Nora believes that there should be true love in a marriage. This reveals the reason as to why when Krogstad threatens Nora for her predicament, Nora expresses that “there is no hope for [them] now.”(45) In this passage, Nora shows her fear and wor... ... middle of paper ... ...mately, now she has the courage to study and learn about herself and society. The shift from thinking about the sacrifice for her husband to deciding to abandon this Doll house, reflects an expanded sense of independence and self confidence in Nora. At the end, Nora leaves the Doll house as a tenacious and courageous, independent woman who knows what she wants in life. In conclusion, the play A Doll's House depicts that Nora believes that a couple that loves each other should have the willingness to sacrifice for each other.
At the beginning of the novel, she does not mind her doll-like personality in which she is babied, spoiled, and demeaned. Towards the middle of the novel, Nora realizes that she is looked at as Torvald’s “silly girl” an... ... middle of paper ... ... Nora Helmer and Gregor Samsa practiced similar circumstances that include their physical changes, unpaid debt, and isolation from their families. Nora and Gregor were trying to escape the controlled society in which they lived in. Nora was controlled by her “flawless” husband and Gregor was attached to the responsibilities he had to fulfill in his household. Eventually, they both escape their controlling society towards the end of their novels.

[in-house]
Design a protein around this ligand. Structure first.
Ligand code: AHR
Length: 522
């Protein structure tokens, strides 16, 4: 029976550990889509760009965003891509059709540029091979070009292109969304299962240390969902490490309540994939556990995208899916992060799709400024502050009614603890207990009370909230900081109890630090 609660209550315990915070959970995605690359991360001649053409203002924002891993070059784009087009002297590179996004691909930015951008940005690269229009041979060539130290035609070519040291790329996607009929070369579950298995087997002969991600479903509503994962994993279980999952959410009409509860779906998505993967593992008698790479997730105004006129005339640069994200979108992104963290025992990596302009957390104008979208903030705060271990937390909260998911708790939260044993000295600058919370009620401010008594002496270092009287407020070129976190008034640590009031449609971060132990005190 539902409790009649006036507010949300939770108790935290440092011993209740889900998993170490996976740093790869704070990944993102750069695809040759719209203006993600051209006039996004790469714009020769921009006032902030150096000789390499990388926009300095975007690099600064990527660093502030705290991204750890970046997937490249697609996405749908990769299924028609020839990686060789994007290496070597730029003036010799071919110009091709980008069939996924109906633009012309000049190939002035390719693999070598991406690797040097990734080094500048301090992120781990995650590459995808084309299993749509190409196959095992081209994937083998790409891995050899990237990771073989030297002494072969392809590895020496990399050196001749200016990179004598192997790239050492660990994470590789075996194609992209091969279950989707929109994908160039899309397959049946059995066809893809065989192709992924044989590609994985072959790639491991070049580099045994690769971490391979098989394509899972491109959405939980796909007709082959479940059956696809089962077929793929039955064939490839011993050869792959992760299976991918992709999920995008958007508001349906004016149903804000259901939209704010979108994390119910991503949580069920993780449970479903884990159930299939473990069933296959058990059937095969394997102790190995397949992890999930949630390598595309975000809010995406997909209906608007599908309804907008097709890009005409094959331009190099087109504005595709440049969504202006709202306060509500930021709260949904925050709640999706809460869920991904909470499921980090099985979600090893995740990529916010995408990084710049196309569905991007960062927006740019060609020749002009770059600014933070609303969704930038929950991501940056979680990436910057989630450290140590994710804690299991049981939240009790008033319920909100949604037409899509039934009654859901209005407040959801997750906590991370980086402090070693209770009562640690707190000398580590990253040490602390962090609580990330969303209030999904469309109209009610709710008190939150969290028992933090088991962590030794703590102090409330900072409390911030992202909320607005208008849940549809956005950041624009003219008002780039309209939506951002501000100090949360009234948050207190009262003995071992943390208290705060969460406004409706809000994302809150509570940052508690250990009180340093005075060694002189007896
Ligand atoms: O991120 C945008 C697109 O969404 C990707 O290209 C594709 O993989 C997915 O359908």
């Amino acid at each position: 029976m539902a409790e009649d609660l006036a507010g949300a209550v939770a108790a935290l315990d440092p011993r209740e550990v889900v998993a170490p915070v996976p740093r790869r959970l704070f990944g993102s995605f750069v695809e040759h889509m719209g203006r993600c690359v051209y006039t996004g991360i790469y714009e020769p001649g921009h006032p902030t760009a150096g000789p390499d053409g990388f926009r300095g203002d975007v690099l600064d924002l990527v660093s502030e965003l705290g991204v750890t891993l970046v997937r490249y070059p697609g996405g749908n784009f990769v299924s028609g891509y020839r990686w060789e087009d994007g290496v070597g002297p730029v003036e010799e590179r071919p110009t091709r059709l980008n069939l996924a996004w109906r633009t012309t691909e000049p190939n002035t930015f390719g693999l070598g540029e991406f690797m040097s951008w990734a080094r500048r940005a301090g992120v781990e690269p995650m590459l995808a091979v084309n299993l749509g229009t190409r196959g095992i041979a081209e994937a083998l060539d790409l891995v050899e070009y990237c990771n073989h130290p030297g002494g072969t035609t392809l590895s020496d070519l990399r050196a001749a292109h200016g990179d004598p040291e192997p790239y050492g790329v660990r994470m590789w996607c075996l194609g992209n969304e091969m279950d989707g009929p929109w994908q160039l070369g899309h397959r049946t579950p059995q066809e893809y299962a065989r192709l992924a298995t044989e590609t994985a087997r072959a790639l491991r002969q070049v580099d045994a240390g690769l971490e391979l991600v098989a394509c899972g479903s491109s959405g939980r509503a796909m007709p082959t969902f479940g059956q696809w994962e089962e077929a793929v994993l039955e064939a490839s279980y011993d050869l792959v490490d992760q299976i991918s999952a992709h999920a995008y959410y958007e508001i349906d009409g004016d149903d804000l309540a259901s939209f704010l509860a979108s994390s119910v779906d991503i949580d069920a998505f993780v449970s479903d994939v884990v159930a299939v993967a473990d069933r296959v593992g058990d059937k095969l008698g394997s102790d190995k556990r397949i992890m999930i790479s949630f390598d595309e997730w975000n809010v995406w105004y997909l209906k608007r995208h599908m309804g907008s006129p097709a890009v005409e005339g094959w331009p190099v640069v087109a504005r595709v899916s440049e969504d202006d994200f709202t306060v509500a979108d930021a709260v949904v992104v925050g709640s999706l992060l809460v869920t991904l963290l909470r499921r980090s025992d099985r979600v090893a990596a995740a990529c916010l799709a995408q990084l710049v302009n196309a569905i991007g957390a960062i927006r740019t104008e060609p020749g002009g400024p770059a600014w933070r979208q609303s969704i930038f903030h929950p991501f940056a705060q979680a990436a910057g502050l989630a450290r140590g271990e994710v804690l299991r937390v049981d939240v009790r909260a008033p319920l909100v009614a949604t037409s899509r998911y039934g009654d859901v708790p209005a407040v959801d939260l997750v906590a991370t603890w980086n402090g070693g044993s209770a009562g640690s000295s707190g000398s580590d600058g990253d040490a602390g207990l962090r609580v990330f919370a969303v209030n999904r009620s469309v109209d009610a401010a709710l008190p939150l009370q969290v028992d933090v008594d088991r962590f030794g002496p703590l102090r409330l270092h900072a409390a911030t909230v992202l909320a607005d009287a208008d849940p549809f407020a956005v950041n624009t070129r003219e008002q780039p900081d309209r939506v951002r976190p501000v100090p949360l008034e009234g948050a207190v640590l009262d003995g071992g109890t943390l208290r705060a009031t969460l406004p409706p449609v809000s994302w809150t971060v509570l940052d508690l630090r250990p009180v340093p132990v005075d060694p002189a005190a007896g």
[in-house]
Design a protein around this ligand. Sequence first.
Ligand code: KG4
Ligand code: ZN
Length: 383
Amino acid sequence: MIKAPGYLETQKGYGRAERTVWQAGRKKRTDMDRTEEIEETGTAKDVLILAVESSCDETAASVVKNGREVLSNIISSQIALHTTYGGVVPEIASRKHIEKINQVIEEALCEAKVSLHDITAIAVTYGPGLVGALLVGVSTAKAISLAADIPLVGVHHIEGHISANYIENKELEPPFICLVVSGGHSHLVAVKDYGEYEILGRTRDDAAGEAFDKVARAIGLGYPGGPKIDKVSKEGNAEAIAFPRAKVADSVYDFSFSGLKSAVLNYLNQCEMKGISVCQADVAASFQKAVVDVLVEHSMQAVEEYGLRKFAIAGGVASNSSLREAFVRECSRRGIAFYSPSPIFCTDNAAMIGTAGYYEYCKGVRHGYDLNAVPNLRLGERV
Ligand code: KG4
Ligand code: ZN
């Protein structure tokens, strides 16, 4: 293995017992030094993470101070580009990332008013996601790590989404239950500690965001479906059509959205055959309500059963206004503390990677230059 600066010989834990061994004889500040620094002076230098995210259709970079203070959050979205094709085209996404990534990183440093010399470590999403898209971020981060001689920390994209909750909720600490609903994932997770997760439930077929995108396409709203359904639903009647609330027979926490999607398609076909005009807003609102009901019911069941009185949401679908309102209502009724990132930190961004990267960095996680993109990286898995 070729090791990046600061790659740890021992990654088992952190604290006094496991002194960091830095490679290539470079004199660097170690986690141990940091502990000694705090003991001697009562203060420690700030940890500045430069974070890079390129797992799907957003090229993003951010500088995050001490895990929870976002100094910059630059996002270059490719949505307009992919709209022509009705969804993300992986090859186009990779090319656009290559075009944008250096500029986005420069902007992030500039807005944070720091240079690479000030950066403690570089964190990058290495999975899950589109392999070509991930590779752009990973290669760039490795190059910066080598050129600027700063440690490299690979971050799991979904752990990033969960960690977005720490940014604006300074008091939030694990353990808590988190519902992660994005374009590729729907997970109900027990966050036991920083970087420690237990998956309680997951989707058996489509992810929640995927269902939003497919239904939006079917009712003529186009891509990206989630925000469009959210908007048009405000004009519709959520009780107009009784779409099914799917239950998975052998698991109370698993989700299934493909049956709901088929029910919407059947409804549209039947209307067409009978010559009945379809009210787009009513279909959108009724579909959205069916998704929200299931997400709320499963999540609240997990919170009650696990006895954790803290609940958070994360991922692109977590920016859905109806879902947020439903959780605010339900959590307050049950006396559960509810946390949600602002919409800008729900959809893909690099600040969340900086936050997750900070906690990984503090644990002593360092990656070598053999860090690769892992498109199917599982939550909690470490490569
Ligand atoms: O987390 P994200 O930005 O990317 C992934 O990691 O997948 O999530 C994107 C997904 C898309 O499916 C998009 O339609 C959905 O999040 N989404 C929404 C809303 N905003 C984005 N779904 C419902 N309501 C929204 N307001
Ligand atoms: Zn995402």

As most other men during this time, Torvald believed that women were not capable of making difficult decisions, or thinking for themselves. As the play progresses, Nora faces a life changing decision to abandon her duty as a wife and mother to find her own individuality. Even though Torvald is responsible for partial deterioration in their marriage, it is Nora's feministic beliefs, passion for life, thoughtlessness, and spontaneity that stimulate her ultimate plan to break away and shatter all that remained pleasant in Torvald's “perfect little dollhouse”. Nora, the protagonist, has been treated as a "play thing" by her father and then her husband, Torvald. She is thought to be fragile and incapable of resolving any serious problems.
By using her power as an alternate parent to Anne, she in result prevents Anne from marrying him. Lady Russell's reasons for this is seemingly parallel with Austen's initial description of her as "she was a benevolent, chari... ... middle of paper ... ...d a counterpart. And rather desires to live alone in a quite home. Although it is obvious she is lonely, she helps her friend Sylvia through all her problems. But overtime Sylvia’s happiness hits an all-time low and Jocelyn determines herself to help Sylvia get back on track.
And then with the arrival of her friend Kristine Linde, who implies that Nora will have a harsh future when she finally realizes her marriage is based on deception. Kristine had married for financial security instead of her beloved Nils, yet in the end they are reunited as equals. Unlike the marriage Nora and Torvald have, allowing Nora to learn that she will never be happy unless she leaves her marriage and that she was merely a mold of someone her husband wanted her to be. Without a doubt, Ibsen’s play reveals self-determination in many of the characters. In the following paragraphs self-determination is revealed in Mrs. Linde and Krogstad.